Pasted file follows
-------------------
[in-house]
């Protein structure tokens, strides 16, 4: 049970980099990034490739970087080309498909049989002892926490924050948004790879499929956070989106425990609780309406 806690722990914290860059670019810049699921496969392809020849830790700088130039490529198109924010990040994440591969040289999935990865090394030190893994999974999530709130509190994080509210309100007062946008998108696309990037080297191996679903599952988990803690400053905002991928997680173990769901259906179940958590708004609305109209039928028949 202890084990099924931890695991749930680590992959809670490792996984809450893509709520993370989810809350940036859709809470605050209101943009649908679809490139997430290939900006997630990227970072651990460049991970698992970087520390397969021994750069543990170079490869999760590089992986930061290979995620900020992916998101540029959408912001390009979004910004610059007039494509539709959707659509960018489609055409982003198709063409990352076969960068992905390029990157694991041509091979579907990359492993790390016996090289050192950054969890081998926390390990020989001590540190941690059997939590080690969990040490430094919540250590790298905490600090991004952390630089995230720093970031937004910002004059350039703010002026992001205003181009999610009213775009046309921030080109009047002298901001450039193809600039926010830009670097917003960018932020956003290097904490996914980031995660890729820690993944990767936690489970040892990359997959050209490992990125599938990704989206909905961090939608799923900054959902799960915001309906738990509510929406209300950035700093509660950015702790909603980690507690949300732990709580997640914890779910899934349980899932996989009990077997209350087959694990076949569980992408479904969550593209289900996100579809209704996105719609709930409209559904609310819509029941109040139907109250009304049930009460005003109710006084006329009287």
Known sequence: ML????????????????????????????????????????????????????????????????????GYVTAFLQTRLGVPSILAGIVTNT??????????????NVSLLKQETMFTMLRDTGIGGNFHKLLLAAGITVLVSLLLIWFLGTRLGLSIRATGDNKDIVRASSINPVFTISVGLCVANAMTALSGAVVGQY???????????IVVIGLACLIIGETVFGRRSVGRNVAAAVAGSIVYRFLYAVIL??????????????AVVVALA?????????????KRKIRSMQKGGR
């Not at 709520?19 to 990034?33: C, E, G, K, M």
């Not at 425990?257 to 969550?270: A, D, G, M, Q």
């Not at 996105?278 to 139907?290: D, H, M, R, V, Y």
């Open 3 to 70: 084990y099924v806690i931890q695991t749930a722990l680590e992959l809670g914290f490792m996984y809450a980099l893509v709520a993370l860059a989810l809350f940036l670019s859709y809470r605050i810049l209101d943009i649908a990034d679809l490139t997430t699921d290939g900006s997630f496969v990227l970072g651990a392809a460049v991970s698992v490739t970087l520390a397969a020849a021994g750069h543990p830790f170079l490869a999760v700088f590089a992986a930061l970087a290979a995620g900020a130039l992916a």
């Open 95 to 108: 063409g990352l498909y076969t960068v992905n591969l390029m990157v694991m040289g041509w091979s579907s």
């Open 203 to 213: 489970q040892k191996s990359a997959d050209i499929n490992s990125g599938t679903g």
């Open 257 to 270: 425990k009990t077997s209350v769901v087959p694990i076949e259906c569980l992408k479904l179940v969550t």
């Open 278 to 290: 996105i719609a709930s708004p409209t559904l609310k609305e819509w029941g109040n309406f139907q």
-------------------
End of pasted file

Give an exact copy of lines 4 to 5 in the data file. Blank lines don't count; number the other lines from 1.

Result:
């Not at 709520?19 to 990034?33: C, E, G, K, M």
């Not at 425990?257 to 969550?270: A, D, G, M, Q």